I pass a volunteer Catalpa Tree on my walk. It grows right next to the sidewalk. The blooms are very beautiful. I often wonder why they are not more popular. They are so beautiful. They are native in my area too. It is wonderful you have one in your gardens.
    Lovely pictures of the blooms. I also enjoy seeing the shape of the tree. Very nice tree!
    Sherry

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  11. What an amazing tree. You are right to wonder why they aren't used more in the landscape. I'd love to have one of those in my yard. Hey - hope you're going ok with the crazy weather. My in-laws - N of Indy around Noblesville have escaped the worst of it. Unfortunately not so our family in Il, who have a flooded clinic and barn and had to move horses to higher ground.

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  12. Lisa: That is a lovely post on the catalpa tree. It lends a tropical feel to the garden with those big leaves, orchid flowers and crazy seed pods. I have a golden one which I prune every year to keep it small. I will have to post a picture but yours is a real beauty.

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  13. A beautiful tree with lovely blooms. Enjoy!

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  14. The Catalpa is a fairly common landscape tree in the south of Spain and they are not scraggly. Perhaps the climate is more favorable.

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  15. I want to thank everyone for your comments. I am so glad you stopped by.

    Beckie, yes the tree gets the worms on it. This is one reason why I wanted it. It brings me memories of the times when I was a little girl and my Dad and I collected the worms for fishing. I usually ended up playing with the worms and doing little fishing. Ha...

    One day a "grandpa" with grandson in tow collected these worms for their fishing trip. This really touched my heart. I was so glad I could be a small part of their relationship.

    The river has crested and is going down.

    Layanee, I have read about different types of Catalpa but I have never seen any. I haven't even heard about a Golden Catalpa. I can't wait to see a picture of it.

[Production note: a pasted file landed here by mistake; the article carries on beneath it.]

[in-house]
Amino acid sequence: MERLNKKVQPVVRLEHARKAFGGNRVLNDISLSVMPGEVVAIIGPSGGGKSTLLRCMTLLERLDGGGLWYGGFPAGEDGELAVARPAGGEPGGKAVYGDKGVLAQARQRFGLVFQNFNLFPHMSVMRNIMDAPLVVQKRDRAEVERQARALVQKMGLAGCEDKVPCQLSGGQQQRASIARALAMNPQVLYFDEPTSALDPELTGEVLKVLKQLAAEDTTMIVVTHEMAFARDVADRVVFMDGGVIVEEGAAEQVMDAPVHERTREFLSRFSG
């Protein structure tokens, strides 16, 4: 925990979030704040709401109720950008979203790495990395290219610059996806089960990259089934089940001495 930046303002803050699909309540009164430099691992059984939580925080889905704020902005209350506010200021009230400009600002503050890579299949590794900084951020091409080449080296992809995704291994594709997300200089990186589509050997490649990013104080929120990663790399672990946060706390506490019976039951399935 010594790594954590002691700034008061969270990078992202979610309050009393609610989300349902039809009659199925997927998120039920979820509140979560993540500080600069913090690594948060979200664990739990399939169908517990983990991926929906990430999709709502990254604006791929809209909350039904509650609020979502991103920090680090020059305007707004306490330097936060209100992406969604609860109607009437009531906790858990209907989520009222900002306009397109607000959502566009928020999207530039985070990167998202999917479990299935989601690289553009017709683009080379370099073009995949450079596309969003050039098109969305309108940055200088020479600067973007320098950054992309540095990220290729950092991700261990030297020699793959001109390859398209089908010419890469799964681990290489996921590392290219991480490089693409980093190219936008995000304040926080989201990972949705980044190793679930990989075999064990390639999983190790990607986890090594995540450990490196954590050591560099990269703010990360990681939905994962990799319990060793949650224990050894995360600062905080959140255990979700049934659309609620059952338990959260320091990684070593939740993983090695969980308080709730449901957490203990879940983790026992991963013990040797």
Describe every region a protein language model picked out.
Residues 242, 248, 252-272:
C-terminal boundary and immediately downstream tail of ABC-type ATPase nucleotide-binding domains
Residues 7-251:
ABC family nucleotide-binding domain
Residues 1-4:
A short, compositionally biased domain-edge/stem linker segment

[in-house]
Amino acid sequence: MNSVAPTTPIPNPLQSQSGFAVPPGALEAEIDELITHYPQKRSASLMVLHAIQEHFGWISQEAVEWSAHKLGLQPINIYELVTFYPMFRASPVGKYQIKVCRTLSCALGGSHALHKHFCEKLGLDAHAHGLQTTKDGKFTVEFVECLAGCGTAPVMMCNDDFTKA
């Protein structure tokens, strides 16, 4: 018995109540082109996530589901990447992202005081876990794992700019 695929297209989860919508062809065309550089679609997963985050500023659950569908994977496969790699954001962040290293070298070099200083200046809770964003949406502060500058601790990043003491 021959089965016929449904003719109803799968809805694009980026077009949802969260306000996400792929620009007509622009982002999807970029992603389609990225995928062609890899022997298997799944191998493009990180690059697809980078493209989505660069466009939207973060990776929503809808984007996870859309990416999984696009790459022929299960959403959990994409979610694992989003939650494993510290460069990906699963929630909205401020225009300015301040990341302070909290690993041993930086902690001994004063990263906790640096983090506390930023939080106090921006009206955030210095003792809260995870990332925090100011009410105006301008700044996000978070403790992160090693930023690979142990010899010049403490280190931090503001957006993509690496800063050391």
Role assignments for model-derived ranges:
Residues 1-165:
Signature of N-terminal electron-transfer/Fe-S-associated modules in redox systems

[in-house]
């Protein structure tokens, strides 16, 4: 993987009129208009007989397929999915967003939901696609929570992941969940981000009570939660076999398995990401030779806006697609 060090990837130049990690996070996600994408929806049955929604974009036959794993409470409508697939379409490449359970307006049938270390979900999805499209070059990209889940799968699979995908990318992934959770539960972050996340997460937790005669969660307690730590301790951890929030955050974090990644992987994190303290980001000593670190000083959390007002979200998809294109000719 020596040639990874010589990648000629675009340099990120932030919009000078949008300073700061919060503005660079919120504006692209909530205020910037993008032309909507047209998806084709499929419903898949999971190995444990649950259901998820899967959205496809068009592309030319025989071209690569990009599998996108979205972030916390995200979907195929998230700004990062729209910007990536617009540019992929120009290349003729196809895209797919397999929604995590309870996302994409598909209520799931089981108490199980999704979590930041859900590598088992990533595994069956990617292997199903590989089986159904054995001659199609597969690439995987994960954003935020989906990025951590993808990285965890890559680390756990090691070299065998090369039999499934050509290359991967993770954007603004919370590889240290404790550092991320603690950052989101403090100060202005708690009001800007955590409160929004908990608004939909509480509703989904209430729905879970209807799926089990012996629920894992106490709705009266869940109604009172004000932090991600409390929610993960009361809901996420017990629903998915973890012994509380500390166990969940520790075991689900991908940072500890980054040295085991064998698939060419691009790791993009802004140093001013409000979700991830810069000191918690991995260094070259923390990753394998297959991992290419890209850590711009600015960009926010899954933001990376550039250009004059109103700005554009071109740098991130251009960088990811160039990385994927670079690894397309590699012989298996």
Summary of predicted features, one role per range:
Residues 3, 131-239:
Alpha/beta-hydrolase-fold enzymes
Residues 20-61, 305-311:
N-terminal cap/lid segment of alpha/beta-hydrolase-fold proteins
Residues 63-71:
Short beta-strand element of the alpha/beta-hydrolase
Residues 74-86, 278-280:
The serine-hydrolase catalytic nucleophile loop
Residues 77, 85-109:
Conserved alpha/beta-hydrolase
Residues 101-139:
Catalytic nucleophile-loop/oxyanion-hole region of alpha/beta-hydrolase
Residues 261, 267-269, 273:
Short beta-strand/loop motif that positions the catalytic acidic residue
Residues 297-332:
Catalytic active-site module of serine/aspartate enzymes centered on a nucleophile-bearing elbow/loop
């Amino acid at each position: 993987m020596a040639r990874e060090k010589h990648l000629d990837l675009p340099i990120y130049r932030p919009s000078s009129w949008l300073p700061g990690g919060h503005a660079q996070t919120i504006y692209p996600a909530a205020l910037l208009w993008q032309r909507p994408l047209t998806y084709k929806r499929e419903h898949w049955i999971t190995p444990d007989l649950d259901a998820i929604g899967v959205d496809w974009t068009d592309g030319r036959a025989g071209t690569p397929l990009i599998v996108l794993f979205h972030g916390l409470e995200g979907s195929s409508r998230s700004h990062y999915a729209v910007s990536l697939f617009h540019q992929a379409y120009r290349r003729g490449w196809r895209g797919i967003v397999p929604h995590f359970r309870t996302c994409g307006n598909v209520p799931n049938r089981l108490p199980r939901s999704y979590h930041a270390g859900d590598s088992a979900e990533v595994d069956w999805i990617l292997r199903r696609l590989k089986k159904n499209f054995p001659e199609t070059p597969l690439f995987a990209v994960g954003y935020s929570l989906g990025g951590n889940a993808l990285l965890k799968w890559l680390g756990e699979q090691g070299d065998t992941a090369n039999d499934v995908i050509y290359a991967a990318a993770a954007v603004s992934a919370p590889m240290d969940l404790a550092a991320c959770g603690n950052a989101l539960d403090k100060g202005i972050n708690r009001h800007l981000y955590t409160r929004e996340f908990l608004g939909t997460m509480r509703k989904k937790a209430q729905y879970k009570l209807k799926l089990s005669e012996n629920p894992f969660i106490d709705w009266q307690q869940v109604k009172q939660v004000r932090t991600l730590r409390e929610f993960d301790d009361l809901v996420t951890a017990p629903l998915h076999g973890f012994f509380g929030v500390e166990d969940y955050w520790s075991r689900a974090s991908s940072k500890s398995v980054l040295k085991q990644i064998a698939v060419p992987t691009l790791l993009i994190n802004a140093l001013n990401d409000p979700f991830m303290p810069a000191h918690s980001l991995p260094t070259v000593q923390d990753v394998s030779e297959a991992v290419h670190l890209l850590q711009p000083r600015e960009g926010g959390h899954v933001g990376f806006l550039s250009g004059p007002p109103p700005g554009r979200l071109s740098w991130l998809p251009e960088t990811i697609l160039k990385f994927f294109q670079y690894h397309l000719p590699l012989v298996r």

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  16. This seems like such an old-fashioned tree to me because there were so many of them around Illinois when I was young. It's nice to see them here, Lisa.

    They're growing in Austin? I'll have to check with Pam/Digging and find out where to look!

    Annie at the Transplantable Rose

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  17. Wow. I've admired the blooms from afar, but never got such a good close-up look at them. They really are beautiful flowers!

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  18. Gorgeous tree. It is so good to know that some people still plant them. I wrote about my own catalpa just today.

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  19. Lisa, our daughter, Kylie and her husband, Ko, were married under a Catalpa tree at The Cornell Plantations in September of '06. It had the bean pods at that stage. It's great to see what it looks like in bloom. The flowers are gorgeous. Thanks for sharing this!

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  20. I saw the exact same tree at Cornell that Kerri mentions and fell in love with it. Without knowing that, my garden buddy got catalpa seeds from someone and grew some. She gave me one of the seedlings. I was thrilled, but it keeps dying back from the cold winters. It looks more like a giant shrub than a tree because it doesn't have a central leader.